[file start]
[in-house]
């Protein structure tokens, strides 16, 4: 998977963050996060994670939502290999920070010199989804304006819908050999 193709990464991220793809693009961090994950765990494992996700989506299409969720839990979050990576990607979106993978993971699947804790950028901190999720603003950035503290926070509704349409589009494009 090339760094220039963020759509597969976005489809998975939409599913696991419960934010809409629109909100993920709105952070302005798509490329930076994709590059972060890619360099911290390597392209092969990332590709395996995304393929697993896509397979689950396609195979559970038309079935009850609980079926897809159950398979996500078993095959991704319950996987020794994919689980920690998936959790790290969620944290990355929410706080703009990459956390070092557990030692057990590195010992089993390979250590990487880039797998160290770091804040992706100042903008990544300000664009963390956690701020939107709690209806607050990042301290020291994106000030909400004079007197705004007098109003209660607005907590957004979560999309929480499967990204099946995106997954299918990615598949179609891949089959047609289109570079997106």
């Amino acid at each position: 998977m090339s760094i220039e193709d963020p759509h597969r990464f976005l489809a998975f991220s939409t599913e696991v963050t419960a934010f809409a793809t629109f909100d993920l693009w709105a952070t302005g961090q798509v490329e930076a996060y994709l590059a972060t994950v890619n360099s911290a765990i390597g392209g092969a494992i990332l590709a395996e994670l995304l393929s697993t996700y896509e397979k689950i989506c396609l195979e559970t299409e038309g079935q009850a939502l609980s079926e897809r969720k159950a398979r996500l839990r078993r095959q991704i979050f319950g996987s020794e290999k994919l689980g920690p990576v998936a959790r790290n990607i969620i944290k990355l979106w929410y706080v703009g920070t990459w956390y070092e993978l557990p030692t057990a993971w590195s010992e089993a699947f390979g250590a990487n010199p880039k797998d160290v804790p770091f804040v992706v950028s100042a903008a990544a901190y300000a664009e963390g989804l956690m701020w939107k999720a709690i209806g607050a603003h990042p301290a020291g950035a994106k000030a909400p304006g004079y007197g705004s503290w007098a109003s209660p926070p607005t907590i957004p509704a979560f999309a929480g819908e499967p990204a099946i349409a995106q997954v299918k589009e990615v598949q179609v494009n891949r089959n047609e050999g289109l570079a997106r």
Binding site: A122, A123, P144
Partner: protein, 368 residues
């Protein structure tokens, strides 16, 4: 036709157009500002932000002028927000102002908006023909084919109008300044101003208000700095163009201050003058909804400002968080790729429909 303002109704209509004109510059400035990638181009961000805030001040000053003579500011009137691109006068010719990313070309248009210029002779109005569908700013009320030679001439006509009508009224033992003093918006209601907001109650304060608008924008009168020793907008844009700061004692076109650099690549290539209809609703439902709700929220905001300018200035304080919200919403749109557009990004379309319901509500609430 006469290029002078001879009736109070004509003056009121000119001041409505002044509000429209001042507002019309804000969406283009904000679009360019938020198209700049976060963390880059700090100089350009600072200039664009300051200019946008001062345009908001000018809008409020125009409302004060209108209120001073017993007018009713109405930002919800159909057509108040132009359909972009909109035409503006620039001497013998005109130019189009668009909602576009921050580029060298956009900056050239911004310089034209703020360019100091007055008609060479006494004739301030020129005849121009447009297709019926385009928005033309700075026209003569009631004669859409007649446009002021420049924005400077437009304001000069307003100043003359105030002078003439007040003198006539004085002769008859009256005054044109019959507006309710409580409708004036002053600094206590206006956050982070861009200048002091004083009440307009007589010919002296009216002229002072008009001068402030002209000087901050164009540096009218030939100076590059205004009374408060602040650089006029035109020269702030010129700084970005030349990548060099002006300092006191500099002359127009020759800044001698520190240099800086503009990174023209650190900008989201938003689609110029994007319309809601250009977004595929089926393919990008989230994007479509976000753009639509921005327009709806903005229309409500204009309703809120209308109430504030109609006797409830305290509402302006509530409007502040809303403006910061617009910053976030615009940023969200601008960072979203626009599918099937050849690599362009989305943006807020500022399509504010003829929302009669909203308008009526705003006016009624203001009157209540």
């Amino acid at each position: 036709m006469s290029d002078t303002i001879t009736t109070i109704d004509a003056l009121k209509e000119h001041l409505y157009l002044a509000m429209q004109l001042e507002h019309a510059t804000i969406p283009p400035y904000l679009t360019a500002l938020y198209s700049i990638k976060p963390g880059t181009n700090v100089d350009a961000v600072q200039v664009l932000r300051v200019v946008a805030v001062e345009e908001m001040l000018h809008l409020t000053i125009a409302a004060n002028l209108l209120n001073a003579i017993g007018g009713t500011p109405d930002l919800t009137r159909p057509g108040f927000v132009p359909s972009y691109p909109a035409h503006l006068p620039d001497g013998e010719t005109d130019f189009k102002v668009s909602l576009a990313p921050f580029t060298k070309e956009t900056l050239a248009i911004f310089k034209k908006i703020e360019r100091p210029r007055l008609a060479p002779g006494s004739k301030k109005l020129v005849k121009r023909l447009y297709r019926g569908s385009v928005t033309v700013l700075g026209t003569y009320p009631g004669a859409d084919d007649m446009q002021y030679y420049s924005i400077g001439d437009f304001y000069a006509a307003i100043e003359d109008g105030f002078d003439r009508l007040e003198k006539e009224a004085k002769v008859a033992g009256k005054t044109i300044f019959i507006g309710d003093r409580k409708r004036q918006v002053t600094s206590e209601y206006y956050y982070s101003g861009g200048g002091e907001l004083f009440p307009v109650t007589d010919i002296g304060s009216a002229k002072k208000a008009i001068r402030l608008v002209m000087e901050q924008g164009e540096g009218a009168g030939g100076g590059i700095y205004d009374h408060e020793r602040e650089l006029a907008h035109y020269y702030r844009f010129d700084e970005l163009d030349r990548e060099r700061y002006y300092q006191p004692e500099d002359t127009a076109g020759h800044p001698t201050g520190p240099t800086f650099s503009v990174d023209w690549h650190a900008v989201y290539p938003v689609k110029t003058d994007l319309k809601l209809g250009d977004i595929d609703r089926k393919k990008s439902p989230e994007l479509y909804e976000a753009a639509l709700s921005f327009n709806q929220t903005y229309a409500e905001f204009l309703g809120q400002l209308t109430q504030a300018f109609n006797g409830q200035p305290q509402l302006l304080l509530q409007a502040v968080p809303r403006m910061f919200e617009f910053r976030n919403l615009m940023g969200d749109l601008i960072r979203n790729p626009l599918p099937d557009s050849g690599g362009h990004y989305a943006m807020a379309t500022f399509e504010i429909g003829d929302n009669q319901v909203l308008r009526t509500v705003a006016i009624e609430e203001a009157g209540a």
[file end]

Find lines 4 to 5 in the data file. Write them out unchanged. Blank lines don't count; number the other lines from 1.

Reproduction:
Binding site: A122, A123, P144
Partner: protein, 368 residues